1. Electric Vehicles – Can Michigan Lead The Way?

    Mark Rivett posted November 30, 2021

    Friday, January 21, 2021

    10:00am – 11:30pm

    Register for the Zoom Webinar Here

    The future of mobility is dynamic – new advancements are happening every day. Increasing funding and emphasis on electric vehicles will have a direct impact on the State’s economy by expanding much needed educational infrastructure to engage, reskill/upskill and educate more students at all levels, while also supporting innovation in essential areas: advancing the state-of-the-art for range and charging; transforming the capabilities for future battery packs through research on new materials, manufacturing methodologies; etc. The University of Michigan has a robust track record of collaboration and partnership that lead to high value outcomes. A strategic investment is critical for positioning the State of Michigan as the leader in EV related research and workforce development, and ensuring the State’s competitiveness and leadership position in the future of mobility for the near- and long-term.

    The Challenge We Face

    Almost fifty years ago Michigan’s auto industry faced a serious challenge, as demand increased for smaller, imported vehicles. It hasn’t been easy and it has taken a long time, but with research and innovation, strategic partnerships, engineering and talent, today’s auto industry is strong. Michigan is now facing another inflection point, a key moment in time. Vehicle electrification represents another generational shift in the mobility industry. Michigan’s existing auto industry is vulnerable. The state is at a critical crossroads that will need to educate nearly 15 percent of the workforce, re-purpose our manufacturing sector while enhancing our research infrastructure.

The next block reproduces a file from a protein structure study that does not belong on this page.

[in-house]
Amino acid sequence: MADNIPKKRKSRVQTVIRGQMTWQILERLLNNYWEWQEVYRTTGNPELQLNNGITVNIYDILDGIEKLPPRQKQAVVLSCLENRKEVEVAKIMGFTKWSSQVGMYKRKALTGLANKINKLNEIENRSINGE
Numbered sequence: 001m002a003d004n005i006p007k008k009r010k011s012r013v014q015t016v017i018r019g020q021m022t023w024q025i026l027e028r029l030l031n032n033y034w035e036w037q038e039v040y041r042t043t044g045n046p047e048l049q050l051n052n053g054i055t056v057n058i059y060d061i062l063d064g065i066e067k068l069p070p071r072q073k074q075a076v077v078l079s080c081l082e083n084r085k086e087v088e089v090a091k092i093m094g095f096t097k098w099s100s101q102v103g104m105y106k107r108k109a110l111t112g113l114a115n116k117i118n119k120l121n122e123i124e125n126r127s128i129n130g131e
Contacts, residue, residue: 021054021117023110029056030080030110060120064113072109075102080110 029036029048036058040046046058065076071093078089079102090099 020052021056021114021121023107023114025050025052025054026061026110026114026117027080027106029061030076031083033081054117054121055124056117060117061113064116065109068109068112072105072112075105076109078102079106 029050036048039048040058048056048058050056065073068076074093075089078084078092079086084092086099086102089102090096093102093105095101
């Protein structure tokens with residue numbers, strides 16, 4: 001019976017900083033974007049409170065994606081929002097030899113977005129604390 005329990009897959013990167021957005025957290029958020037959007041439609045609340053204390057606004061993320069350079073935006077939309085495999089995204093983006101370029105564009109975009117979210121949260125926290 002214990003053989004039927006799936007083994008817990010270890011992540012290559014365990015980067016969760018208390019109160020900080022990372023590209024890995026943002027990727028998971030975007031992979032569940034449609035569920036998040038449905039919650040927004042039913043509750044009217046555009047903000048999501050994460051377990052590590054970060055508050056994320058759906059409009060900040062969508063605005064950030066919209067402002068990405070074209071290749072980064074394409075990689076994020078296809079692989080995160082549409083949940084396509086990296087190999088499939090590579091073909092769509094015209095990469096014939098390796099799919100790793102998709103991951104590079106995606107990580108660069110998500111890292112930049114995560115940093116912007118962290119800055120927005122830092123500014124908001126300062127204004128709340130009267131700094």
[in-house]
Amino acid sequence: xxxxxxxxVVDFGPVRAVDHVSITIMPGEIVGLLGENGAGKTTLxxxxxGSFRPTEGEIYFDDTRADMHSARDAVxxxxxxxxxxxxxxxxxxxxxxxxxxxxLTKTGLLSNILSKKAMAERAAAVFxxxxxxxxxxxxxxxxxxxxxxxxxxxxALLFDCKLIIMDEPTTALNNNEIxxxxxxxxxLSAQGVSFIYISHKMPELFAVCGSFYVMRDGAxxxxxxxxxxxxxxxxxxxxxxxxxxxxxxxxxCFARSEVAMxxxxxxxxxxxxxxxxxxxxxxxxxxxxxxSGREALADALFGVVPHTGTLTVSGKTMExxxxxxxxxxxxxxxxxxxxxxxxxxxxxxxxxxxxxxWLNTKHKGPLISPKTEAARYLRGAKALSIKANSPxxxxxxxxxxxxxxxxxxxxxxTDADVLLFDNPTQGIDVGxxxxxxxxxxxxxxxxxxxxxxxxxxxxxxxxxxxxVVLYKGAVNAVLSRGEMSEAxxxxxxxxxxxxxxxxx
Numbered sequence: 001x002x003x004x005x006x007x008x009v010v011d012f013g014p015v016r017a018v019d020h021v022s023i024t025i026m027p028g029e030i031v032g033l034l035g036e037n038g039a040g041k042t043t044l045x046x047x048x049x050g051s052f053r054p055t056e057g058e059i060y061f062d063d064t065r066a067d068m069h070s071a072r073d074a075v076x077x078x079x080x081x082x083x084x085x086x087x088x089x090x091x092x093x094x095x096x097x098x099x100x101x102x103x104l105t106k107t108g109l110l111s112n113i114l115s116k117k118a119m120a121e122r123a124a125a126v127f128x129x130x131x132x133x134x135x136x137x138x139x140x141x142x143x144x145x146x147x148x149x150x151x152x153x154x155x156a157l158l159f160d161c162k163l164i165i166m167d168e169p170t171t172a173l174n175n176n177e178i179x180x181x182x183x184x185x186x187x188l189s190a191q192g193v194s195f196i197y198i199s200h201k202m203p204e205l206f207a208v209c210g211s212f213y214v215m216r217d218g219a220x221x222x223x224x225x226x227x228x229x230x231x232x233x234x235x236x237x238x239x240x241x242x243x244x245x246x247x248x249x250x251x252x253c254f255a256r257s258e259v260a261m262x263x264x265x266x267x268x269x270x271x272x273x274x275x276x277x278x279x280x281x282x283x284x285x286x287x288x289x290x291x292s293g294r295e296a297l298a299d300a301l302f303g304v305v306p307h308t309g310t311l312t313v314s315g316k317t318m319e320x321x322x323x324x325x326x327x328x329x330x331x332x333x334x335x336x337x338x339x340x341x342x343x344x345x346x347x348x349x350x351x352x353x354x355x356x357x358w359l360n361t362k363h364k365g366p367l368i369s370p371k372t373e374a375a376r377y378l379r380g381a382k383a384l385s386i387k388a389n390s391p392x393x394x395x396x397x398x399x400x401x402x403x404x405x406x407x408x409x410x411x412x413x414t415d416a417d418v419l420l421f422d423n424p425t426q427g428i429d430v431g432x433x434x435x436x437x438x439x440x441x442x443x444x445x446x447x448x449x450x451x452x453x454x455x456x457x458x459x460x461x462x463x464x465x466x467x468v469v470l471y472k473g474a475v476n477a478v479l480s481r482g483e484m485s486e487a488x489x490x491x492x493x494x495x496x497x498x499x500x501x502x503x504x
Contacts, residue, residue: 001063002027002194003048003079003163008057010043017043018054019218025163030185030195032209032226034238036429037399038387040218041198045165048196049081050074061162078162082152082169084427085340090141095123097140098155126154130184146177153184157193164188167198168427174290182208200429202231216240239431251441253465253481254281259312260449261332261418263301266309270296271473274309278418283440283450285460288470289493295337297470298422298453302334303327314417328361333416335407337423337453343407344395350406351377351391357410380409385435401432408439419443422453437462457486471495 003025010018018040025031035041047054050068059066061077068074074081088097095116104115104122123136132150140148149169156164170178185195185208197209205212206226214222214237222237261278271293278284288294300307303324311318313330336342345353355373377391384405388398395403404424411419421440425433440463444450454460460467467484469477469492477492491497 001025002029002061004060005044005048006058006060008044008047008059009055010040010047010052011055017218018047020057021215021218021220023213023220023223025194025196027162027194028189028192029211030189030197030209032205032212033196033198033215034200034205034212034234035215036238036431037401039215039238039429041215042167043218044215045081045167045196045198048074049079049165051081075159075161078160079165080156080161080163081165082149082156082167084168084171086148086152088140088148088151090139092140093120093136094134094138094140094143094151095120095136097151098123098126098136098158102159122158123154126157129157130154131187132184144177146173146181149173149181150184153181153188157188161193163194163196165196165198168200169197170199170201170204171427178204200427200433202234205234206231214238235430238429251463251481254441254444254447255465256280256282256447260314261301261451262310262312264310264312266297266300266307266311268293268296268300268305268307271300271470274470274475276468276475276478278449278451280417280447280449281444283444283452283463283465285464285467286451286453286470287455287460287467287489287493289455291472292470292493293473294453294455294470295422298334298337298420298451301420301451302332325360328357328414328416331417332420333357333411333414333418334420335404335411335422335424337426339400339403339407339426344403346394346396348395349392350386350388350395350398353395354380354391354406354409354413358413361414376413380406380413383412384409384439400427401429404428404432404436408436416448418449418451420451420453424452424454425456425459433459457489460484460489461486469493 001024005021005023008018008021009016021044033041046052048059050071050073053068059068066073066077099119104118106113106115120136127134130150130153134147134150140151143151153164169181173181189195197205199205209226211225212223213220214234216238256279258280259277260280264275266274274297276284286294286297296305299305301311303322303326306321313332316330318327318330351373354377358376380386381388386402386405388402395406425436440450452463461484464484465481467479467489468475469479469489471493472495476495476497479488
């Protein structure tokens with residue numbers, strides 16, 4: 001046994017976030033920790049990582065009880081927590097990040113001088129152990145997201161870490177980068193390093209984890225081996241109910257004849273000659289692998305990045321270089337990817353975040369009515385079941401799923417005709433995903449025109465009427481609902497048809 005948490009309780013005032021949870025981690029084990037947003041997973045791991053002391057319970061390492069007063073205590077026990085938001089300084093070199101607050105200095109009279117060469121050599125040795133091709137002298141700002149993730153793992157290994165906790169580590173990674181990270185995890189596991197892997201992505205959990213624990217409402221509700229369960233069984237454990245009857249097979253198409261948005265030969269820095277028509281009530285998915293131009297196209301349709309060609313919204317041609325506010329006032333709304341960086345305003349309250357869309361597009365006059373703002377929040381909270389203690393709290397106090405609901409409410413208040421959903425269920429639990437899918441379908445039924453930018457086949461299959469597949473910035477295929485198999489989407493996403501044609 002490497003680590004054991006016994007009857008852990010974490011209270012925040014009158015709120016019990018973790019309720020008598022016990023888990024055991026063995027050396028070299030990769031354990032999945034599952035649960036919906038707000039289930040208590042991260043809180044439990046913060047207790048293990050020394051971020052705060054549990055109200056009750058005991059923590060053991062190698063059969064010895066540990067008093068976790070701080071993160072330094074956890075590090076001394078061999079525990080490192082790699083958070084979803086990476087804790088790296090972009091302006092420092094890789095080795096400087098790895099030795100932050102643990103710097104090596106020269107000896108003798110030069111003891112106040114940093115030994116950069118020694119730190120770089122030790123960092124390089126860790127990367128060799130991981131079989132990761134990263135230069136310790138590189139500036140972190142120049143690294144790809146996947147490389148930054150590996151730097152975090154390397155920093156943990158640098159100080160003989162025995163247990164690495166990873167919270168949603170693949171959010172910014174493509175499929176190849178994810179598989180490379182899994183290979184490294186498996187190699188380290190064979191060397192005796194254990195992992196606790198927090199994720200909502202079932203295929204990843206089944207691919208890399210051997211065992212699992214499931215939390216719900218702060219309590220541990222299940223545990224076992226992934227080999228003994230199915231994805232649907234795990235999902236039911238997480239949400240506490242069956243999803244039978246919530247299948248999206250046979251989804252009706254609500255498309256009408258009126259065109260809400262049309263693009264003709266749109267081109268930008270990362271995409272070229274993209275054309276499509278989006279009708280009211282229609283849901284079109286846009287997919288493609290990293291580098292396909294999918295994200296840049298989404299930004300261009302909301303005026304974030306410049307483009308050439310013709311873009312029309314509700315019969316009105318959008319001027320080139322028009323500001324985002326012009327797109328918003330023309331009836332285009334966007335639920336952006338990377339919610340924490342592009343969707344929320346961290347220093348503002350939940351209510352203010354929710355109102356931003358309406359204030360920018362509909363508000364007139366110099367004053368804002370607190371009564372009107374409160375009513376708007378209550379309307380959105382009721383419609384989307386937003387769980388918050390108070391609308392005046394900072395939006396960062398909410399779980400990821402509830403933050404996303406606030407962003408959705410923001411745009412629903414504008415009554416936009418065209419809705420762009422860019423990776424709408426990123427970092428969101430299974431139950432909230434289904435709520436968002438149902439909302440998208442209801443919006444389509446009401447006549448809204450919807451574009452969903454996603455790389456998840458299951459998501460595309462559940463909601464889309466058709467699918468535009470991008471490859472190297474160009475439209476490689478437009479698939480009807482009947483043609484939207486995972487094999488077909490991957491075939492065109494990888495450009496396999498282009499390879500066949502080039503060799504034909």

Panelists

    Jeff Sakamoto
    Professor of Mechanical Engineering, Materials Science and Engineering, and Macromolecular Science and Engineering

    As a materials scientist and engineer with an interest in synthesis, processing, and functionalization of ceramics and hydrogels, his research is highly interdisciplinary guided by the fields of energy storage/conversion and biomedicine.

    Greg Less
    Director of the University of Michigan Battery Lab

    Greg Less is the Senior Laboratory Manager at the UMEI Battery Fabrication and Characterization User Facility, responsible for the day-to-day operation of the laboratory. Less received a doctorate in Chemistry from the University of Michigan. Prior to joining UMEI, he was a research scientist with battery companies T/J Technologies and A123 Systems.

    Wolverine Caucus members are University of Michigan alumni including legislators, lobbyists, staff, and advisors working in and around the State of Michigan government. They meet with U-M experts on timely, relevant public policy subjects during the legislative session. Our mission is to provide diverse forums at which U-M friends can meet one another, enjoy fellowship, exchange views and learn from the world-class talents of U-M faculty and administrators.